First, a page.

NASA'S Terra Satellite Captures Ash Plume of Icelandic Volcano

Apr 15, 2010 by Rob Gutro
The MODIS instrument on NASA's Terra satellite captured an Ash plume from Eyjafjallajokull Volcano over the North Atlantic at 11:35 UTC (7:35 a.m. EDT) on April 15, 2010. Credit: NASA/MODIS Rapid Response Team

(PhysOrg.com) -- The Eyjafjallajokull volcano in Iceland erupted Wednesday, April 14, for the second time this month. The volcano is still spewing ash into the air and the ash clouds are impacting air travel in Northern Europe.

NASA's Terra satellite flew over the the following day at 11:35 UTC (7:35 a.m. EDT) on April 15, 2010, and the , or MODIS instrument onboard Terra captured a visible image of the ash plume from Eyjafjallajokull Volcano.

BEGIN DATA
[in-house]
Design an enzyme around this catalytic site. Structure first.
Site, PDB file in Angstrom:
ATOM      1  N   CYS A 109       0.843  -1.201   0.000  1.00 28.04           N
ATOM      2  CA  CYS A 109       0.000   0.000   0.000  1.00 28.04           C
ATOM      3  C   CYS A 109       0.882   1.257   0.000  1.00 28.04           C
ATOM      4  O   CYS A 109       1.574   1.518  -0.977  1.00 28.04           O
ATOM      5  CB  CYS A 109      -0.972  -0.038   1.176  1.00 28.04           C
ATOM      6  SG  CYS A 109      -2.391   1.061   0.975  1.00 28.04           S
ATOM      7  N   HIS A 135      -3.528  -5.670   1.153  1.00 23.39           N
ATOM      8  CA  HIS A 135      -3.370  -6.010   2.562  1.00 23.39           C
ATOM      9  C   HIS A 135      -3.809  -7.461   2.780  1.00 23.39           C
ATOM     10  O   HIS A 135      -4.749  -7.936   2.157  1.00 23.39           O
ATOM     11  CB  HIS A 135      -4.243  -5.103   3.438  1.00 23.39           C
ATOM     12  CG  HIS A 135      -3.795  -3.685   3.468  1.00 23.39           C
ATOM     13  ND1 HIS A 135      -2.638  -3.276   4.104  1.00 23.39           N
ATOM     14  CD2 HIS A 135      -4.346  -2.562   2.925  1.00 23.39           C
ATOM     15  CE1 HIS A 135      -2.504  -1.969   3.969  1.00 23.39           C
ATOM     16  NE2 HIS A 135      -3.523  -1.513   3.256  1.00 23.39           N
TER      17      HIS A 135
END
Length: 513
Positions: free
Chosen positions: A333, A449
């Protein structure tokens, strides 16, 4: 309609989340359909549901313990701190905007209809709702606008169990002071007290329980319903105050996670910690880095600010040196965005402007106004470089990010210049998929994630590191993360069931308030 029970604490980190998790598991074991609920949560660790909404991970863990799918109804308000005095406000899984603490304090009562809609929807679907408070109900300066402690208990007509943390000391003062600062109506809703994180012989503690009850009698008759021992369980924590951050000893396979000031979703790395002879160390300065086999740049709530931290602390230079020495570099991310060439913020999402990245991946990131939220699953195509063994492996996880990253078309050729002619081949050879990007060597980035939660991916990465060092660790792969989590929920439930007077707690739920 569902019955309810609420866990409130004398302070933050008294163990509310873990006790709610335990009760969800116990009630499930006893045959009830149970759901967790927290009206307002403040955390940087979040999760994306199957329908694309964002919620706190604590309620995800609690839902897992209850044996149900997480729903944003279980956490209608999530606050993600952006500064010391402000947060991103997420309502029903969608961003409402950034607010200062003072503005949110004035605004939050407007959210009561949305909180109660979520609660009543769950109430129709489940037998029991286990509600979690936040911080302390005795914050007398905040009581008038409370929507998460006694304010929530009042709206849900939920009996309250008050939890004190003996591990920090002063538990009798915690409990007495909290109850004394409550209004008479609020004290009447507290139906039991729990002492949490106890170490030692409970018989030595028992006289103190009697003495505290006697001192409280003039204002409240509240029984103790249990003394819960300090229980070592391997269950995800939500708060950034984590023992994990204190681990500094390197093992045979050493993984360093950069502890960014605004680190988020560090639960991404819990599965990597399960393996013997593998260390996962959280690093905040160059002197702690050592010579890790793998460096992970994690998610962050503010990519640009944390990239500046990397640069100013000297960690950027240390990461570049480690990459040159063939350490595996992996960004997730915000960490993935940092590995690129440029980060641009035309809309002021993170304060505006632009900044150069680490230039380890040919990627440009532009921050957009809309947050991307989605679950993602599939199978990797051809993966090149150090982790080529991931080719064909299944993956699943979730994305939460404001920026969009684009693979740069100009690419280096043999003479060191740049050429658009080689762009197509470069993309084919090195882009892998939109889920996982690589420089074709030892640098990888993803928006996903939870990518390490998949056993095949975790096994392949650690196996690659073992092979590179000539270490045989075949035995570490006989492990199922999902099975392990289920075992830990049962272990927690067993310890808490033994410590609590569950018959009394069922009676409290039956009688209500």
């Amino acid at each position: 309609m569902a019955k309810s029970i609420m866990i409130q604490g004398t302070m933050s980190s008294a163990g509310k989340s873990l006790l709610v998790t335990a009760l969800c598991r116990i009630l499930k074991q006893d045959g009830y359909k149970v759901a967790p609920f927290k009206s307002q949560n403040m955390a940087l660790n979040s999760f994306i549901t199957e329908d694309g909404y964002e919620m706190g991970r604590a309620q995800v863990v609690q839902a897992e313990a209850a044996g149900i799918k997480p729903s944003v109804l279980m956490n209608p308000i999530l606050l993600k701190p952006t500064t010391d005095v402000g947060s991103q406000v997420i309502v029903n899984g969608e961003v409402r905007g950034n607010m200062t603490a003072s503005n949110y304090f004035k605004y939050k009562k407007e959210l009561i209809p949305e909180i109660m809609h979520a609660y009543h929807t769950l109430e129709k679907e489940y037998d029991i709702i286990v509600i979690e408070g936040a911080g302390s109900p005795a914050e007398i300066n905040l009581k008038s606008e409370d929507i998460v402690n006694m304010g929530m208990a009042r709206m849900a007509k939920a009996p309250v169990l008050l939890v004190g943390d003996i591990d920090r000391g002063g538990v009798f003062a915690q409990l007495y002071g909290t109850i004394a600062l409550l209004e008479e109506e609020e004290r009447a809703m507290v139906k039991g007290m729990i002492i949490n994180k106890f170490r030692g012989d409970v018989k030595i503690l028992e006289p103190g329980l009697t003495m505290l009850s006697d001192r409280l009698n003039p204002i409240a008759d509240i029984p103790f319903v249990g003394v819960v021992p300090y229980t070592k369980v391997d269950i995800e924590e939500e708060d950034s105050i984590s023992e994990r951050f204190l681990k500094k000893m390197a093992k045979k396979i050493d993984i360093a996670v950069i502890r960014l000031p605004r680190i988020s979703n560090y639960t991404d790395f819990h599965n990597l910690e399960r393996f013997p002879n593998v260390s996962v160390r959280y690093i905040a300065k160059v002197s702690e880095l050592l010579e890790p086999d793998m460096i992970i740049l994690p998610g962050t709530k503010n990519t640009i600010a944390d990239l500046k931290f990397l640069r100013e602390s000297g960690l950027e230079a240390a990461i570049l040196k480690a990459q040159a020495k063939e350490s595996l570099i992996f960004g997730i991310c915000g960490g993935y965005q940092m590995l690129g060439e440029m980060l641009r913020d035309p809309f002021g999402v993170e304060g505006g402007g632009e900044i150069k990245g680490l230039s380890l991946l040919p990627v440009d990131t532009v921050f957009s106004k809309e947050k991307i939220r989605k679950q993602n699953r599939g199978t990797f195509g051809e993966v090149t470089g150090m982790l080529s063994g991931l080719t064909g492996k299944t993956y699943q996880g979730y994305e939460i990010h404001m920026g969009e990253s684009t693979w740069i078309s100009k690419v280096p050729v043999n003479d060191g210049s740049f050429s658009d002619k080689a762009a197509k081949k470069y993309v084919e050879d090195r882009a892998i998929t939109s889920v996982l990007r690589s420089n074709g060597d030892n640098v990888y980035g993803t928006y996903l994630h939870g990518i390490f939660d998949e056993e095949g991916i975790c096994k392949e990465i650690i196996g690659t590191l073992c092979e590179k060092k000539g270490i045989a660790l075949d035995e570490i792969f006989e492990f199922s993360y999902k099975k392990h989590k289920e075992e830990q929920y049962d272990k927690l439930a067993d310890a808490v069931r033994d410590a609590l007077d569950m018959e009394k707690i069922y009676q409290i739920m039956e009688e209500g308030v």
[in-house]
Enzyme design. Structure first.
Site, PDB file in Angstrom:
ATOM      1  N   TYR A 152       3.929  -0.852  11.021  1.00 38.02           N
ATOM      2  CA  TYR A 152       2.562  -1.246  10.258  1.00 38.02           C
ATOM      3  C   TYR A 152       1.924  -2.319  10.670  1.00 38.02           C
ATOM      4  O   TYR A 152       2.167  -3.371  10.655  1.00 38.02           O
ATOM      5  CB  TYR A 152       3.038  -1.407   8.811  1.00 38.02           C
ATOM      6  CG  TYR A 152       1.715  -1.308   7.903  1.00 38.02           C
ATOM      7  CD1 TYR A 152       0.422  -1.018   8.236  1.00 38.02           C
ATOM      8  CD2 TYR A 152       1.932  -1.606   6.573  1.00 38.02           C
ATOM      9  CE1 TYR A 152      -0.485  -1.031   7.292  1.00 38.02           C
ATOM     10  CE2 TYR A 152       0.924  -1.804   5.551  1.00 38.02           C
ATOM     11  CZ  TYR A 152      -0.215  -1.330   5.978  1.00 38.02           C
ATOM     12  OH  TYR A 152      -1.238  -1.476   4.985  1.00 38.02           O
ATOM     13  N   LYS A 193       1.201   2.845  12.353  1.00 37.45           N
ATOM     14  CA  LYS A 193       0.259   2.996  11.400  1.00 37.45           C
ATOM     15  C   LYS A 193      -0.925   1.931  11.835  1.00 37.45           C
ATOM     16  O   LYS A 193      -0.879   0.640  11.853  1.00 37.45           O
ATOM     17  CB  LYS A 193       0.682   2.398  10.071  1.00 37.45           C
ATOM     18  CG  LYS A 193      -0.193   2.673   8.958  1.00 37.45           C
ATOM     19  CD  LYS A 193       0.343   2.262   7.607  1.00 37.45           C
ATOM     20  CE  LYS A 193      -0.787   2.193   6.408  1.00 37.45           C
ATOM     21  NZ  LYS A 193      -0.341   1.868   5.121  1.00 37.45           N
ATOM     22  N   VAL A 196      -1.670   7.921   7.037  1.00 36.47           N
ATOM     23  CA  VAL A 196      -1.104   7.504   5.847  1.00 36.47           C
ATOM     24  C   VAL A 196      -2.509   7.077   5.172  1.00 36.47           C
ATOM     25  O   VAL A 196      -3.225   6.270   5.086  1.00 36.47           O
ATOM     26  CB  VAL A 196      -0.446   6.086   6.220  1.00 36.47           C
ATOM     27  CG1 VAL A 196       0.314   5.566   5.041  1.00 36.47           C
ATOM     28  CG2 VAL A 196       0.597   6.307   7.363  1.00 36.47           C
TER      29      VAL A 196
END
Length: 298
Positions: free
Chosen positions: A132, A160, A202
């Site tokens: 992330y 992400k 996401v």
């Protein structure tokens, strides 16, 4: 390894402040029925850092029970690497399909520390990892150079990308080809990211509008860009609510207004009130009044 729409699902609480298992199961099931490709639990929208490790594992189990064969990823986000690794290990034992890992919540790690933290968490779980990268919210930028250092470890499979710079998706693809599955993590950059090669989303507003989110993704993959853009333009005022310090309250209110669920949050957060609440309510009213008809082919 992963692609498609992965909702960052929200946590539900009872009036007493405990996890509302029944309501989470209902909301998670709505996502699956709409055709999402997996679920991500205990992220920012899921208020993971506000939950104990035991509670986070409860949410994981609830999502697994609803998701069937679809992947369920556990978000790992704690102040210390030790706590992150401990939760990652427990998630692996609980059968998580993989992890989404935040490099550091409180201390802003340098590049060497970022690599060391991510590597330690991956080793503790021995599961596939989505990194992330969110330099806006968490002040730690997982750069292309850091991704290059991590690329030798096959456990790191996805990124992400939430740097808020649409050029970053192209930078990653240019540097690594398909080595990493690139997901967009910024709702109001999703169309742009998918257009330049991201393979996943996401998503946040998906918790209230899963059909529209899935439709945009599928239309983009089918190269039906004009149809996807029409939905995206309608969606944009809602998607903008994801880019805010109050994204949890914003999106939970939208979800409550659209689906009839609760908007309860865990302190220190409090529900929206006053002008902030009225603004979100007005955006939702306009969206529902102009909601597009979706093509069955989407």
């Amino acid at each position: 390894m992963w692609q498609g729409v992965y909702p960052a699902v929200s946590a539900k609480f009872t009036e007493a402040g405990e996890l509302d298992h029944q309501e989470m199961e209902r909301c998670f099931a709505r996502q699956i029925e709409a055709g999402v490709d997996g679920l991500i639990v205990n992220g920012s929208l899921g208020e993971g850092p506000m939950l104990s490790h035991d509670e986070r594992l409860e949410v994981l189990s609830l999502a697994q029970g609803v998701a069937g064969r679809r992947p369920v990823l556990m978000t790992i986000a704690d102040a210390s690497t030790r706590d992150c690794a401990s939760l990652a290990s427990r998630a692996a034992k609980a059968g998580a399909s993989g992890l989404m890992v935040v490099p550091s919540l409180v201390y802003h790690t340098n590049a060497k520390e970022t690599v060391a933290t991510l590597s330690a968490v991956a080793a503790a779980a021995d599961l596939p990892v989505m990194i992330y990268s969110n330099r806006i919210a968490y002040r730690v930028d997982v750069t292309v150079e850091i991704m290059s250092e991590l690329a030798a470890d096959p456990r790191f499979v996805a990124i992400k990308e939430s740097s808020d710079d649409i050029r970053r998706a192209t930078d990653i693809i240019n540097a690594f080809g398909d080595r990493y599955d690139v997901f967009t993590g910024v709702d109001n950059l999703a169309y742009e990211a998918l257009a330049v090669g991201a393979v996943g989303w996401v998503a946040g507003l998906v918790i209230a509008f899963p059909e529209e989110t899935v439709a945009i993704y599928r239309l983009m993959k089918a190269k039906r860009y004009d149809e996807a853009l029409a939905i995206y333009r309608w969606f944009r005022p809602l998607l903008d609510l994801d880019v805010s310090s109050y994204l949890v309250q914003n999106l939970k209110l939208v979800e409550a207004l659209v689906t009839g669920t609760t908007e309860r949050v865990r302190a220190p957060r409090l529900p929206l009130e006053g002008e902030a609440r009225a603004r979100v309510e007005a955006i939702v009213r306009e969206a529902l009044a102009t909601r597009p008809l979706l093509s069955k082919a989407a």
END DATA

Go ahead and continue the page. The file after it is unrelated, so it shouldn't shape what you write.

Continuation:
The MODIS Rapid Response System was developed to provide daily satellite images of the Earth's landmasses in near real time. True-color, photo-like imagery and false-color imagery are available within a few hours of being collected, making the system a valuable resource. The MODIS Rapid Response Team that generates the images is located at NASA's Goddard Space Flight Center in Greenbelt, Md.

NASA works with other agencies on using observations to aid in the detection and monitoring of aviation hazards caused by volcanic ash. For more on this NASA program, visit: http://science.larc.nasa.gov/asap/research-ash.html

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